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French Prime Minister Warns of Chemical, Biological Attacks, As Belgian Police Launch Raids Linked to Paris Bomber

"The macabre imagination of the masterminds is limitless."

French soldiers patrol at the Sacre Coeur basilica in Paris, France, Wednesday, Nov. 18, 2015. A woman wearing an explosive suicide vest blew herself up Wednesday as heavily armed police tried to storm a suburban Paris apartment where the suspected mastermind of last week's attacks was believed to be holed up, police said. (AP Photo/Amr Nabil)

French Prime Minister Manuel Valls warned Thursday that terrorists could launch a chemical or biological attack, as he urged French lawmakers to extend the country’s state of emergency for an additional three months.

"We must not rule anything out. I say it with all the precautions needed. But we know and bear in mind that there is also a risk of chemical or bacteriological weapons," Valls said according a translation by the Daily Telegraph.

"The macabre imagination of the masterminds is limitless," he added.

French soldiers patrol at the Sacre Coeur basilica in Paris, France, Wednesday, Nov. 18, 2015. A woman wearing an explosive suicide vest blew herself up Wednesday as heavily armed police tried to storm a suburban Paris apartment where the suspected mastermind of last week's attacks was believed to be holed up, police said. (AP Photo/Amr Nabil)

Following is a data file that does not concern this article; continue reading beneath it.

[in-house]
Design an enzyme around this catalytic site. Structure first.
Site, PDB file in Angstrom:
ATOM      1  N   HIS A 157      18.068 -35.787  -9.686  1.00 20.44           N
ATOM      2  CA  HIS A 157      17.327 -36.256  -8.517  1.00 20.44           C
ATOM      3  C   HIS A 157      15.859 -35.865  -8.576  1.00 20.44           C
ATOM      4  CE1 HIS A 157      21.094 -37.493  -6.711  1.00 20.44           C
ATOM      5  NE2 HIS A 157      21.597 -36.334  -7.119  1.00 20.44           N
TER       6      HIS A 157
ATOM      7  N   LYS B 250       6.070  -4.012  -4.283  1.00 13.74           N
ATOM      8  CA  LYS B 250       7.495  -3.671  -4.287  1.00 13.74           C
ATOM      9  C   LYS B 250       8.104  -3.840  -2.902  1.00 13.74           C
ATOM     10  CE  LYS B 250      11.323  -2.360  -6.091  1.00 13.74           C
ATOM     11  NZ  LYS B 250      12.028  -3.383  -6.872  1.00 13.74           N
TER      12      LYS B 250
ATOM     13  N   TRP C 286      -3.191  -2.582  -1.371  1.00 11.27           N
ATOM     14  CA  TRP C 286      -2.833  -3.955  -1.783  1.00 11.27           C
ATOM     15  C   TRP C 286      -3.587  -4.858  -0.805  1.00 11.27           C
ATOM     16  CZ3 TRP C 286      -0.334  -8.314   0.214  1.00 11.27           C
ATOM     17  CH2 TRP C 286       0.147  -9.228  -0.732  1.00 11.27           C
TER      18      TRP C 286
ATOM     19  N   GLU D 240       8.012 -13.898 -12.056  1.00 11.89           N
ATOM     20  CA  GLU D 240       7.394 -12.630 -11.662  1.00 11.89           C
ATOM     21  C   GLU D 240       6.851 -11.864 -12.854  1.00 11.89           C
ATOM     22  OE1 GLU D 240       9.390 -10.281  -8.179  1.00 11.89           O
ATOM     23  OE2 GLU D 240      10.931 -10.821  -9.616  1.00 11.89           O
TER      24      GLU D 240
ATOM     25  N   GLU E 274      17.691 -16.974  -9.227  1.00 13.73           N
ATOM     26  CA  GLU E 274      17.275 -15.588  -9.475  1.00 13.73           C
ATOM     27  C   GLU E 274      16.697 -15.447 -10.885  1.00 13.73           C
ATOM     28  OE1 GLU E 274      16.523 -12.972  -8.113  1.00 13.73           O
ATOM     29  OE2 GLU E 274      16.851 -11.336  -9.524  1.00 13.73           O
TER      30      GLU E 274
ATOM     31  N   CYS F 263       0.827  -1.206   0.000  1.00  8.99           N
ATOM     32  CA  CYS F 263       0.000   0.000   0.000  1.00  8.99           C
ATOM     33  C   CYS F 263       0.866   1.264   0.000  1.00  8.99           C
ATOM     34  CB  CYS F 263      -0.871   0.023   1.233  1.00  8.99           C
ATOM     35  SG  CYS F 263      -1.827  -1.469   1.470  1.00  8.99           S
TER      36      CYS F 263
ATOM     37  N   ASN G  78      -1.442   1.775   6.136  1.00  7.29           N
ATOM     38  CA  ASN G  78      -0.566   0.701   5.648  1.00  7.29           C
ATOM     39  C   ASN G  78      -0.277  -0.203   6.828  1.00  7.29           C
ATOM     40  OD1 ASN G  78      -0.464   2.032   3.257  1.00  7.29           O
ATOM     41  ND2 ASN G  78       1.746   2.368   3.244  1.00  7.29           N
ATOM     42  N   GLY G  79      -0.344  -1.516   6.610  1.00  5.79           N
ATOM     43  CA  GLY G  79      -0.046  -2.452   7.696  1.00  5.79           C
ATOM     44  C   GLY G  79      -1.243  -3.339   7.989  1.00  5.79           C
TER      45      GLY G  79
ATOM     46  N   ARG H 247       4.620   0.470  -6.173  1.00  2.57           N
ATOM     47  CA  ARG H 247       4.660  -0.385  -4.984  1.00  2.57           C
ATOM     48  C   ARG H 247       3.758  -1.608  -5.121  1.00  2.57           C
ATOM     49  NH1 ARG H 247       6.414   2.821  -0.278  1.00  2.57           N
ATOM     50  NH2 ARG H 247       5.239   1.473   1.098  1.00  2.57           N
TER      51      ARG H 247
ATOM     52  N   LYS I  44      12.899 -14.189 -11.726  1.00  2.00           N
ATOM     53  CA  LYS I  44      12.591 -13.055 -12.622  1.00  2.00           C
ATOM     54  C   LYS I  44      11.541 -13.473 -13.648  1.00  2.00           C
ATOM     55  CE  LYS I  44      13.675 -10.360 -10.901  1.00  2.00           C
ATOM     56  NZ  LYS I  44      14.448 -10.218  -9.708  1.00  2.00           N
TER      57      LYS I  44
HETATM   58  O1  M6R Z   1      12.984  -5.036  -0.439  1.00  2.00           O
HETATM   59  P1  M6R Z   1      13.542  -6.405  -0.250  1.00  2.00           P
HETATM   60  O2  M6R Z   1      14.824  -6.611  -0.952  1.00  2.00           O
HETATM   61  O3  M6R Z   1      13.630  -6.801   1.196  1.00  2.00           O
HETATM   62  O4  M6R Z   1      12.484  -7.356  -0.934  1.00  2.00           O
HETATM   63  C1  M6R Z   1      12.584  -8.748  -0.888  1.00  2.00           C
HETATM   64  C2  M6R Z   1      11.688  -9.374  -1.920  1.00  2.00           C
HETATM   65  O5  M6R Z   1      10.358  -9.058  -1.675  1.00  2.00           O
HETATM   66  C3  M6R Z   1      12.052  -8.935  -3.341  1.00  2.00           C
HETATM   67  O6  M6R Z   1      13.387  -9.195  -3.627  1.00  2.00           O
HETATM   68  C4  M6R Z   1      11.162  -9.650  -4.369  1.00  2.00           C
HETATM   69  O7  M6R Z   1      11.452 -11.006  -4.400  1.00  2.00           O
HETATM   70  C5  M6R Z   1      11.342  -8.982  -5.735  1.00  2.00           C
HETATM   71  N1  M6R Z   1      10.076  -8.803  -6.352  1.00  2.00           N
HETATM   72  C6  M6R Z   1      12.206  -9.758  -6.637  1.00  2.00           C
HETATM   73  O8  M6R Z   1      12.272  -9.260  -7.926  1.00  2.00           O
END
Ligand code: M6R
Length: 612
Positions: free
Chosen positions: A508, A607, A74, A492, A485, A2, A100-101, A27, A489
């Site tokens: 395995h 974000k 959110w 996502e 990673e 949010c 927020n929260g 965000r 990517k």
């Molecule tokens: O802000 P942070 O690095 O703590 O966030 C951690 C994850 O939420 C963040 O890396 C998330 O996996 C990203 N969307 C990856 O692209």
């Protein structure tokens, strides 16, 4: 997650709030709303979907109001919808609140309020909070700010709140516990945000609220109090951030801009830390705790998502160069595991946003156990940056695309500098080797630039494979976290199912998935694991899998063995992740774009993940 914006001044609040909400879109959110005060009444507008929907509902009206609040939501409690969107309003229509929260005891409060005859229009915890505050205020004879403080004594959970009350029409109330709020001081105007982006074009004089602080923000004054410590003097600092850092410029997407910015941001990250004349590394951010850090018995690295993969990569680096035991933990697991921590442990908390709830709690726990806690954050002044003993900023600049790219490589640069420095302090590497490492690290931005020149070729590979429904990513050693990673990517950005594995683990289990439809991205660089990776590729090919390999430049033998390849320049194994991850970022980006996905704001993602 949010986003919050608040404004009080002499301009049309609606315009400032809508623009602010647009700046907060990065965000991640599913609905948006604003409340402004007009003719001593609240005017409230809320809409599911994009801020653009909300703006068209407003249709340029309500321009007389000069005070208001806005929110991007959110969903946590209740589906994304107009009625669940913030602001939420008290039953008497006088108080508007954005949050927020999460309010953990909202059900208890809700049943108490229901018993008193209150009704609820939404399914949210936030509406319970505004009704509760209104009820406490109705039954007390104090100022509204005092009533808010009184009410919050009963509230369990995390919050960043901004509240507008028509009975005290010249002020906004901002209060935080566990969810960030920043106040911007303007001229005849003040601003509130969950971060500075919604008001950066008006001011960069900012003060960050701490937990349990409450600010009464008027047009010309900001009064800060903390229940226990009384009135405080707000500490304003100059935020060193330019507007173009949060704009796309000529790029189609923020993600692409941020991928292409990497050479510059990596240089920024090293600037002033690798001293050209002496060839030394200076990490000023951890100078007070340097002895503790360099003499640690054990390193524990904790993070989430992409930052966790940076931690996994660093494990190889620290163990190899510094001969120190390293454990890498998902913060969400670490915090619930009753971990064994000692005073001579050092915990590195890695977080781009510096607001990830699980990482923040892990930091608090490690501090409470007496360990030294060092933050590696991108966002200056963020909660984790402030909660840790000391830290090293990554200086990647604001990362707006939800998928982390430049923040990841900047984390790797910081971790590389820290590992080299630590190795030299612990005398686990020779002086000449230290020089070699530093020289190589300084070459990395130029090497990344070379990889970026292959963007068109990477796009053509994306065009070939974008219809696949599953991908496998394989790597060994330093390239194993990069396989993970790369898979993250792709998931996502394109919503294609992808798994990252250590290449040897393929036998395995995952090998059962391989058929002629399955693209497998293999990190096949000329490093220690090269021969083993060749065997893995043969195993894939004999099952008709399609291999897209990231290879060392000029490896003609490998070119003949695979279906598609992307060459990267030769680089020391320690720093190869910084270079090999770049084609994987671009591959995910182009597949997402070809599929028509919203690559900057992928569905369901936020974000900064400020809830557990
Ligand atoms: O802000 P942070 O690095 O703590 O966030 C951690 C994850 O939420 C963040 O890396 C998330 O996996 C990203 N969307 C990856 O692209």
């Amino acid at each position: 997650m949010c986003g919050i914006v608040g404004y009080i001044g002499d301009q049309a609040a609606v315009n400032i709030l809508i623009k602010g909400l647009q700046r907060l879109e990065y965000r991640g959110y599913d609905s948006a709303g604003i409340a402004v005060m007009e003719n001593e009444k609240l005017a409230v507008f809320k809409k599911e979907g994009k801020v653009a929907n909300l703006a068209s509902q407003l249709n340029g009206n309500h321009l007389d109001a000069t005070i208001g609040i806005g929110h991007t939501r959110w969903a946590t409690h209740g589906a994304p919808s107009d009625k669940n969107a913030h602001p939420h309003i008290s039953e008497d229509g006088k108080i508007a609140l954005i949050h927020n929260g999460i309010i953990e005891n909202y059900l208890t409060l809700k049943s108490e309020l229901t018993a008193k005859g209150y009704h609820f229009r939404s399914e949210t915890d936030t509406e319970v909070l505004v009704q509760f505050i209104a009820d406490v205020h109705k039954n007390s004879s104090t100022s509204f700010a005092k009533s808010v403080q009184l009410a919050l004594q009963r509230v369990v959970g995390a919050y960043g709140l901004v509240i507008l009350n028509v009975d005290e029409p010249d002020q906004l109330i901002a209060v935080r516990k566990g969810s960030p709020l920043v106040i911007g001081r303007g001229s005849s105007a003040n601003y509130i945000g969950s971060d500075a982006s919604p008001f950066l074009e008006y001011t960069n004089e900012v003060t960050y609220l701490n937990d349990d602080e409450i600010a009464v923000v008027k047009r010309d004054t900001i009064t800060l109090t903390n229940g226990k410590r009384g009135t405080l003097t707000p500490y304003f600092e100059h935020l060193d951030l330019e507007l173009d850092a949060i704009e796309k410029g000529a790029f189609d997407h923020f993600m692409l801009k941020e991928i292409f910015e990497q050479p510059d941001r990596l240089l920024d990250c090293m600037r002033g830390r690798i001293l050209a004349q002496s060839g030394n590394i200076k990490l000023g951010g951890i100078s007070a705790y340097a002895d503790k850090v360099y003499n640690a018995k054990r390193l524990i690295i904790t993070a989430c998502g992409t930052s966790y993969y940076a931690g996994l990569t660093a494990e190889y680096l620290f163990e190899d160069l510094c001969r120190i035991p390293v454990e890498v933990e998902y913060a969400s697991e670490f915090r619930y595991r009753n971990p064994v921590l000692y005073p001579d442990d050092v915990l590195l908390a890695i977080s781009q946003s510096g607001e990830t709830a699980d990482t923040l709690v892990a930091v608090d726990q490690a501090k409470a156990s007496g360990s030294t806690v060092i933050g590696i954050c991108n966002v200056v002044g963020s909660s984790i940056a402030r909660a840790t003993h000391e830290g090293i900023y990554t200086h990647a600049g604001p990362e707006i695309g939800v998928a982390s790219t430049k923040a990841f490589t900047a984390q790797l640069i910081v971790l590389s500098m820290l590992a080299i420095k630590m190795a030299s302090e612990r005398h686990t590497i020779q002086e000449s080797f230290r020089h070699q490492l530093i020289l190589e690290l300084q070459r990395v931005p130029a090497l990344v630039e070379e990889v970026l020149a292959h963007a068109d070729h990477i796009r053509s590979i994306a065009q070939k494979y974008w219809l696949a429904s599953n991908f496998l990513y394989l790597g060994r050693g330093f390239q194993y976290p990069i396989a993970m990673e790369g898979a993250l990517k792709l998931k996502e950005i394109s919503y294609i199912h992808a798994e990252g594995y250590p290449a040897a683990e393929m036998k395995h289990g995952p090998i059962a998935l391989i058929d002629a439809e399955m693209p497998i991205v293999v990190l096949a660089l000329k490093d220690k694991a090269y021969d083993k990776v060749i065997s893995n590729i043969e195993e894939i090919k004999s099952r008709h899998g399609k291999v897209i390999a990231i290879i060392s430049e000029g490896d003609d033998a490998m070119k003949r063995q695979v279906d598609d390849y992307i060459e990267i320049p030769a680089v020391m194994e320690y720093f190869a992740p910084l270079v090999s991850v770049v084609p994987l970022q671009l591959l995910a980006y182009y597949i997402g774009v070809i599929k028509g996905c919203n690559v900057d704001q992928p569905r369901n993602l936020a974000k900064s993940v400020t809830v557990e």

Meanwhile, Belgian police Thursday morning launched six raids in the Brussels area, where Abdelhamid Abaaoud, the suspected mastermind of the coordinated Paris attacks, grew up.

The raids were focused on associates of one of the suicide bombers Bilal Hadfi, security sources said.

An unnamed official in the Belgian federal prosecutor's office told the Associated Press that the raids were in Molenbeek and other parts of Brussels.

Hadfi was one of the three attackers who targeted the Stade de France stadium in Friday’s attacks claimed by the Islamic State group.

"Terrorism hit France, not because of what it is doing in Iraq and Syria ... but for what it is,” Valls said according to the AP.

French officials on Thursday said they still did not know if Abaaoud, the suspected ringleader of Friday's attacks, was one of two killed during the police raid Wednesday at an apartment building in the Saint-Denis suburb of Paris, only that a man was killed by police and a woman was killed when she detonated her suicide vest.

The Washington Post reported Wednesday night that Abaaoud had been killed, quoting two senior European officials who had been briefed on the investigation. As of Thursday morning, French news outlets and news agencies had not confirmed that information.

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